Double-gated myocardial ASL perfusion imaging is robust to heart rate variation

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Cardiac motion is a dominant source of physiological noise (PN) in myocardial arterial spin labeled (ASL) perfusion imaging. This study investigates the sensitivity to heart rate variation (HRV) of double-gated myocardial ASL compared with the more widely used single-gated method.


Double-gating and single-gating were performed on 10 healthy volunteers (n = 10, 3F/7M; age, 23–34 years) and eight heart transplant recipients (n = 8, 1F/7M; age, 26–76 years) at rest in the randomized order. Myocardial blood flow (MBF), PN, temporal signal-to-noise ratio (SNR), and HRV were measured.


HRV ranged from 0.2 to 7.8 bpm. Double-gating PN did not depend on HRV, while single-gating PN increased with HRV. Over all subjects, double-gating provided a significant reduction in global PN (from 0.20 ± 0.15 to 0.11 ± 0.03 mL/g/min; P = 0.01) and per-segment PN (from 0.33 ± 0.23 to 0.21 ± 0.12 mL/g/min; P < 0.001), with significant increases in global temporal SNR (from 11 ± 8 to 18 ± 8; P = 0.02) and per-segment temporal SNR (from 7 ± 4 to 11 ± 12; P < 0.001) without significant difference in measured MBF.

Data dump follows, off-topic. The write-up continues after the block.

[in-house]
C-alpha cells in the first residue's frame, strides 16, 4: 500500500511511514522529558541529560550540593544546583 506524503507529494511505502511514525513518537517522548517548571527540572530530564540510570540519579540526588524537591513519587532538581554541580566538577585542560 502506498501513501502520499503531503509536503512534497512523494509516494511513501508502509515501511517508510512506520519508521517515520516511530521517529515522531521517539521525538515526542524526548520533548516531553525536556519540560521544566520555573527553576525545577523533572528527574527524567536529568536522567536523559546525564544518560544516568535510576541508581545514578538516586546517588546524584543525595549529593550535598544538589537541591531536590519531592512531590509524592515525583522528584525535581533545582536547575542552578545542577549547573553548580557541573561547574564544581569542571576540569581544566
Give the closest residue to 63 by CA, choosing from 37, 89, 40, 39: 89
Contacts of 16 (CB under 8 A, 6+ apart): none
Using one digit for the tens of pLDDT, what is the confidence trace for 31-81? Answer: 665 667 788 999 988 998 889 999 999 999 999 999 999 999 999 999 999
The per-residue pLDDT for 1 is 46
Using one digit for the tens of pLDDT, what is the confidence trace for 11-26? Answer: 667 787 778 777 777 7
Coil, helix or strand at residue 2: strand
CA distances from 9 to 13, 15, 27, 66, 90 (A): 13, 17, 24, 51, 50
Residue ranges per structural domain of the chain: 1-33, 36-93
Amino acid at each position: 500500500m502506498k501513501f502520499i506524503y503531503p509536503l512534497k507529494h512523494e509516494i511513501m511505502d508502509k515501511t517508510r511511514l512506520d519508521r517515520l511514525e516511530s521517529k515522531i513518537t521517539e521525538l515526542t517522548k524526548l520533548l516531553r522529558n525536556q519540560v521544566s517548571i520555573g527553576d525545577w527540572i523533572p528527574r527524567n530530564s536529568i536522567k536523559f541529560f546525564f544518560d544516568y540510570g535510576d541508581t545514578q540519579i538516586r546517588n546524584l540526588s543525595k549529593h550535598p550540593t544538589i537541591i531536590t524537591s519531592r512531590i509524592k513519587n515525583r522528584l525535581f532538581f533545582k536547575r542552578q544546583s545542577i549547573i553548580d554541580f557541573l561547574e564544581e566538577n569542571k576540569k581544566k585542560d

Single-gated myocardial ASL suffers from reduced temporal SNR, while double-gated myocardial ASL provides consistent temporal SNR independent of HRV. Magn Reson Med, 2016. © 2016 Wiley Periodicals, Inc.

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